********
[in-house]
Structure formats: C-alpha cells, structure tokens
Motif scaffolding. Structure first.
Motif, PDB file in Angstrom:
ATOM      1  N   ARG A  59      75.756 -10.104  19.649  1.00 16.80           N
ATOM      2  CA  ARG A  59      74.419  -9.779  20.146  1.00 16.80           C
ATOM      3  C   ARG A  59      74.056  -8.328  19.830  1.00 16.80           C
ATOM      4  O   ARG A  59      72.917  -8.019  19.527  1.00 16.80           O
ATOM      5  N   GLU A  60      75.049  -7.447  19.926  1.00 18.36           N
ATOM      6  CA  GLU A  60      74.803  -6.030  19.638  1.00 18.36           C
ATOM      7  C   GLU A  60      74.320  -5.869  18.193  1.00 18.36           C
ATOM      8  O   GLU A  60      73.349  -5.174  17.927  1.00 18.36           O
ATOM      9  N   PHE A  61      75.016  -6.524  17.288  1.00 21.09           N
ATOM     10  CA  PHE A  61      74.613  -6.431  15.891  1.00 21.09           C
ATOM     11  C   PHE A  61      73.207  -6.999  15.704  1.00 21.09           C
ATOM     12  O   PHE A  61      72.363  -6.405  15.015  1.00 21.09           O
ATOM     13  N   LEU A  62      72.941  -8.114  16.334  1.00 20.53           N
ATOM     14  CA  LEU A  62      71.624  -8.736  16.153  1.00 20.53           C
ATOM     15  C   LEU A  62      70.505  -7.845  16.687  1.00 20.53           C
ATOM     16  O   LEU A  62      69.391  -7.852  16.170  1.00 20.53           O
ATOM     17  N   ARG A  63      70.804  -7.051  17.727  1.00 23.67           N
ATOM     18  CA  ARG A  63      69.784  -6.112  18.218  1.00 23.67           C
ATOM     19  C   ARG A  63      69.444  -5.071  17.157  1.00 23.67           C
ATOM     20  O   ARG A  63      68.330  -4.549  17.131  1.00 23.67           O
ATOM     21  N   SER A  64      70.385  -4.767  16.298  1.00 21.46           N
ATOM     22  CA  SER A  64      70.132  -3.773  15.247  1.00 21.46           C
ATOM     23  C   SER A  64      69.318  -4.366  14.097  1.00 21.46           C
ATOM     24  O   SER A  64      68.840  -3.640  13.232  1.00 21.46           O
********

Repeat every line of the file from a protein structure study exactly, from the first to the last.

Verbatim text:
[in-house]
Structure formats: C-alpha cells, structure tokens
Motif scaffolding. Structure first.
Motif, PDB file in Angstrom:
ATOM      1  N   ARG A  59      75.756 -10.104  19.649  1.00 16.80           N
ATOM      2  CA  ARG A  59      74.419  -9.779  20.146  1.00 16.80           C
ATOM      3  C   ARG A  59      74.056  -8.328  19.830  1.00 16.80           C
ATOM      4  O   ARG A  59      72.917  -8.019  19.527  1.00 16.80           O
ATOM      5  N   GLU A  60      75.049  -7.447  19.926  1.00 18.36           N
ATOM      6  CA  GLU A  60      74.803  -6.030  19.638  1.00 18.36           C
ATOM      7  C   GLU A  60      74.320  -5.869  18.193  1.00 18.36           C
ATOM      8  O   GLU A  60      73.349  -5.174  17.927  1.00 18.36           O
ATOM      9  N   PHE A  61      75.016  -6.524  17.288  1.00 21.09           N
ATOM     10  CA  PHE A  61      74.613  -6.431  15.891  1.00 21.09           C
ATOM     11  C   PHE A  61      73.207  -6.999  15.704  1.00 21.09           C
ATOM     12  O   PHE A  61      72.363  -6.405  15.015  1.00 21.09           O
ATOM     13  N   LEU A  62      72.941  -8.114  16.334  1.00 20.53           N
ATOM     14  CA  LEU A  62      71.624  -8.736  16.153  1.00 20.53           C
ATOM     15  C   LEU A  62      70.505  -7.845  16.687  1.00 20.53           C
ATOM     16  O   LEU A  62      69.391  -7.852  16.170  1.00 20.53           O
ATOM     17  N   ARG A  63      70.804  -7.051  17.727  1.00 23.67           N
ATOM     18  CA  ARG A  63      69.784  -6.112  18.218  1.00 23.67           C
ATOM     19  C   ARG A  63      69.444  -5.071  17.157  1.00 23.67           C
ATOM     20  O   ARG A  63      68.330  -4.549  17.131  1.00 23.67           O
ATOM     21  N   SER A  64      70.385  -4.767  16.298  1.00 21.46           N
ATOM     22  CA  SER A  64      70.132  -3.773  15.247  1.00 21.46           C
ATOM     23  C   SER A  64      69.318  -4.366  14.097  1.00 21.46           C
ATOM     24  O   SER A  64      68.840  -3.640  13.232  1.00 21.46           O